Systems Analyst meltdown

In hockey there are very few set plays on the offensive side of the puck, particularly at even strength. The game is too fluid and fast to communicate with your teammates without the help of headsets, so the best you can do is try to create chaos in the hopes of disrupting things for the team on the other side of the puck, where there is actually a plan that requires people to work together within in a system. As you can see above, when things break down desperation takes over, and everyone collectively drops their bowling balls on the panic button. In that instance, the Lightning would score amidst the chaos with four seconds left to take the game to overtime, where they would eventually win in a shootout. You need everyone doing their job, or that sorta thing happens.

With the year winding down, I thought it’d be fun to add to the mass of year-end lists by sifting through my 2013 Systems Analyst posts and taking some suggestions on Twitter, then dialling in the 10 gaffe’s that most made hockey fans wince. Hopefully it makes us all feel a little better about our own hockey playing abilities as we enter the depths of true hockey season this winter.

Before we get to the top 10…a few other plays of note.


Worthy Mentions

Disconnected Ovechkin

Didn’t make it because: Not so much a “breakdown” as a hilarious half-ass effort

The play below became an internet sensation when someone – and I say someone, because I can’t for the life of me find the original source (feel free to put that in the comments if you know) – added the perfect graphics to Alex Ovechkin’s “backcheck” on this Rangers goal. What the…what the hell happened here, exactly, Alex?

Aw, such a crappy time for someone’s little brother to rip the controller out of the consol. Underrated part of this goal: it’s an awesome play by the Rangers. Like, really awesome.


Matt Duchene miiight have been offside

Didn’t make it because: the breakdown wasn’t made by a team as much as a linesman

Backhand Shelf Post: Breaking down Matt Duchene’s goal that wasn’t in any way illegal, nope, nothing to see here

Duchene offside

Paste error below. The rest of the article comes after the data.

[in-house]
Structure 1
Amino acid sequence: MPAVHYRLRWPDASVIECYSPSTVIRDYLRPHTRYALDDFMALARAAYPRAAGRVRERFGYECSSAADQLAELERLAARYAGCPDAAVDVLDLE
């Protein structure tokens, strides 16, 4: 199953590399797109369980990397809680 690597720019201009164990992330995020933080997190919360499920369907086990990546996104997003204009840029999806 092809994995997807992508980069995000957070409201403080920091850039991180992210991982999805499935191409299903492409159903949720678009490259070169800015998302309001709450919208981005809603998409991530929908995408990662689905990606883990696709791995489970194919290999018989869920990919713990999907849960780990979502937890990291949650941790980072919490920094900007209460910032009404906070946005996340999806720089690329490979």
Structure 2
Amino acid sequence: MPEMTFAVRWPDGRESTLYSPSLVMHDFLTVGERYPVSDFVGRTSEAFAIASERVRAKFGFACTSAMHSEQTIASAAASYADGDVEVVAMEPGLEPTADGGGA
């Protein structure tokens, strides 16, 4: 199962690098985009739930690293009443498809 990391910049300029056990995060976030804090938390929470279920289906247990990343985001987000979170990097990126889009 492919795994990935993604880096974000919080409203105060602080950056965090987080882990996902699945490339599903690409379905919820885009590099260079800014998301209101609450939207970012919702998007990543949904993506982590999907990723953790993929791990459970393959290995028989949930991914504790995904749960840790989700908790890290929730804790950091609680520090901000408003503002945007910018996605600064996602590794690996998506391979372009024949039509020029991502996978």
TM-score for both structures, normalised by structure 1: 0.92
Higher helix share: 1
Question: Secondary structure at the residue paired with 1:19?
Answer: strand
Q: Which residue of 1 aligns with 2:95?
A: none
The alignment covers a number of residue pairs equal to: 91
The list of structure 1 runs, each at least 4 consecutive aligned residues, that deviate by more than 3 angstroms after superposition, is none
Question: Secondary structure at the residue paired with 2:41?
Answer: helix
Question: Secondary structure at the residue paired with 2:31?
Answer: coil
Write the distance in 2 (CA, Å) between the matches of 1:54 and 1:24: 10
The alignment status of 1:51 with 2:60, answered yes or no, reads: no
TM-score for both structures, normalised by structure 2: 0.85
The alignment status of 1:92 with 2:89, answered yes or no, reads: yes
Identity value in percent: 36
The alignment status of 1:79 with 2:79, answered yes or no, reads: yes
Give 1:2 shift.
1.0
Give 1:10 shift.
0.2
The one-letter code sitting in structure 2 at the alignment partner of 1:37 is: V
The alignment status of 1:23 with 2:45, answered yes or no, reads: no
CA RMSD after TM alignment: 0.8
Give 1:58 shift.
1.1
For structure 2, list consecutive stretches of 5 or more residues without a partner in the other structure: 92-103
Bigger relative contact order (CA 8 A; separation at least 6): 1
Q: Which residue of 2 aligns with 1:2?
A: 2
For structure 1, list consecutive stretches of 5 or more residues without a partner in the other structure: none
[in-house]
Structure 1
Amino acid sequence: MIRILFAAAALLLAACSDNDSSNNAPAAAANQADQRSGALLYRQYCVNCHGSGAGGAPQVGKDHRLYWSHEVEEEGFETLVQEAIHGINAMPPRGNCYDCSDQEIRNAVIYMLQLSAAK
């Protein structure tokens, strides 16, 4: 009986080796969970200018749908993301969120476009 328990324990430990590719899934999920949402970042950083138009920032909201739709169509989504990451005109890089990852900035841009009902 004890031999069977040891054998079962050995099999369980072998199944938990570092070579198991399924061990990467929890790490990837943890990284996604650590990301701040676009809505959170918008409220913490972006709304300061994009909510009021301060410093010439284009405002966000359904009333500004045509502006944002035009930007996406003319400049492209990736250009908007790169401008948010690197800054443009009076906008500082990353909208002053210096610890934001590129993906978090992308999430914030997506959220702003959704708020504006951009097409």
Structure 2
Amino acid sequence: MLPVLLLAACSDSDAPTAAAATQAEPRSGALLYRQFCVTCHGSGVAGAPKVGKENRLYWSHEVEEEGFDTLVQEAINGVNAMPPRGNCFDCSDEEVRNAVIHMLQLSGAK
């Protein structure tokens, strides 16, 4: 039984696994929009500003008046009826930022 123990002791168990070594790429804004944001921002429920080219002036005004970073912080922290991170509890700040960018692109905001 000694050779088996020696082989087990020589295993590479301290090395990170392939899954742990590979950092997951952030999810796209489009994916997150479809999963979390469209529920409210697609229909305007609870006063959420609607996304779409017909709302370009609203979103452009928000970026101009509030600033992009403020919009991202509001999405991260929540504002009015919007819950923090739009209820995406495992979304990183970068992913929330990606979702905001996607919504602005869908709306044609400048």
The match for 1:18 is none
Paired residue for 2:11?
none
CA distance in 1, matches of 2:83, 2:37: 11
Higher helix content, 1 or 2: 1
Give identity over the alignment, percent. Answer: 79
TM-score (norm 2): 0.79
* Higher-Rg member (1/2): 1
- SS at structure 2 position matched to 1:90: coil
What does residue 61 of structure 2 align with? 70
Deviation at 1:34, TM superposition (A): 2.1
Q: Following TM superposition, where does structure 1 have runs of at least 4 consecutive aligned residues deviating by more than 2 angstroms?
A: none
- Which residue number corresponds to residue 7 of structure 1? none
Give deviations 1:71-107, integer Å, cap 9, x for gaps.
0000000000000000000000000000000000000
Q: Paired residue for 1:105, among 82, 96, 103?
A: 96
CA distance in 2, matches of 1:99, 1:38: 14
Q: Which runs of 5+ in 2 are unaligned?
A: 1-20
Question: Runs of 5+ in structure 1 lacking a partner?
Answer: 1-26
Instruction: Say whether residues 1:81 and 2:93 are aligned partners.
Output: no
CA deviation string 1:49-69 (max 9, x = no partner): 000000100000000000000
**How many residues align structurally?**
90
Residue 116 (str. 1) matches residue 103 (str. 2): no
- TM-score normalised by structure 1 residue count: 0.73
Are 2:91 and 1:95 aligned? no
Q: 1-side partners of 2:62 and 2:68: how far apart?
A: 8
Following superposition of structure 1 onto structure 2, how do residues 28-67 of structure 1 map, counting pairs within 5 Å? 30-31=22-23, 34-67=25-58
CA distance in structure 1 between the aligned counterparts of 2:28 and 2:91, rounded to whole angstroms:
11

The most incredible part of this play is that Duchene grabs the puck at all instead of just curling away from the play after being so blatantly offside but hey…play to the whistle, and all that good stuff.

The error, apparently, wasn’t that the liney thought Duchene was onside, he just thought Nashville brought the puck into their own zone (somehow?), in which case Duchene would’ve been eligible to play the puck.


Honorary Mentions

* An Islanders/Oilers game this year gave us a Systems Analyst on The Jekyll and Hyde of the D-man Slide.

dman slide

Done well it’s effective, done poorly it’s basically forfeiting a goal. This is a nice toe drag by Kadri, but it wasn’t hard given the terrible defensive effort.

* Sometimes it’s less “wag of the finger” for the D, and more “tip of the cap” to the forwards.

hansen toey

There was a defensive breakdown on this Canucks’ goal, but it doesn’t happen without this excellent toe drag.

* As James Mirtle pointed out, this 3-on-2 by the Dallas Stars off a rough Leafs change against Fraser and Ranger – apparently dubbed “Franger,” by some Leafs fans – was one of the more remarkably bad rush defenses of the year. I usually only do one Systems post a week so some of these slip through the cracks. I badly wish this one hadn’t (it likely cracks the top 10 if I had).

Leafs D

But really, you don’t need this explained to you. You can watch it here. The craziest part was how clearly this was a 3-on-2 as Dallas approached the line, so the D meltodown is super-special.

* And there were a few votes (including one from our buddy Dave Lozo) for this less-than-stellar defending by the New Jersey Devils on this Sean Monahan goal. 

monahan goal

(That freehand pass arrow, oh man Bourne. Apparently it hit 17′s chest? Two words buddy: pro.)

And that should do it for mentions. It’s time to get to the 10 defensive breakdowns that most made me want to call timeout, despite not being the coach. The closer we get to one, the more it goes from WTF to LOL.

(And now internet acronyms. I’m really keepin’ it fresh over here.)


The Top Bottom 10

#10 The Oilers three low defenders get their wires crossed 

Backhand Shelf PostSystems Analyst: Oilers defense learns that not committing in the d-zone is worse than committing to the wrong thing

The Main Culprit(s): Nugent-Hopkins, Petry and Smid

The “Oops”: Being non-commital, puck watching

The “Oops” Frame:

oilers d zone

The Lesson Learned: You’re better off committing to a player (even if it’s the wrong one) so your teammates can react accordingly than floating in no man’s land trying to cover everyone.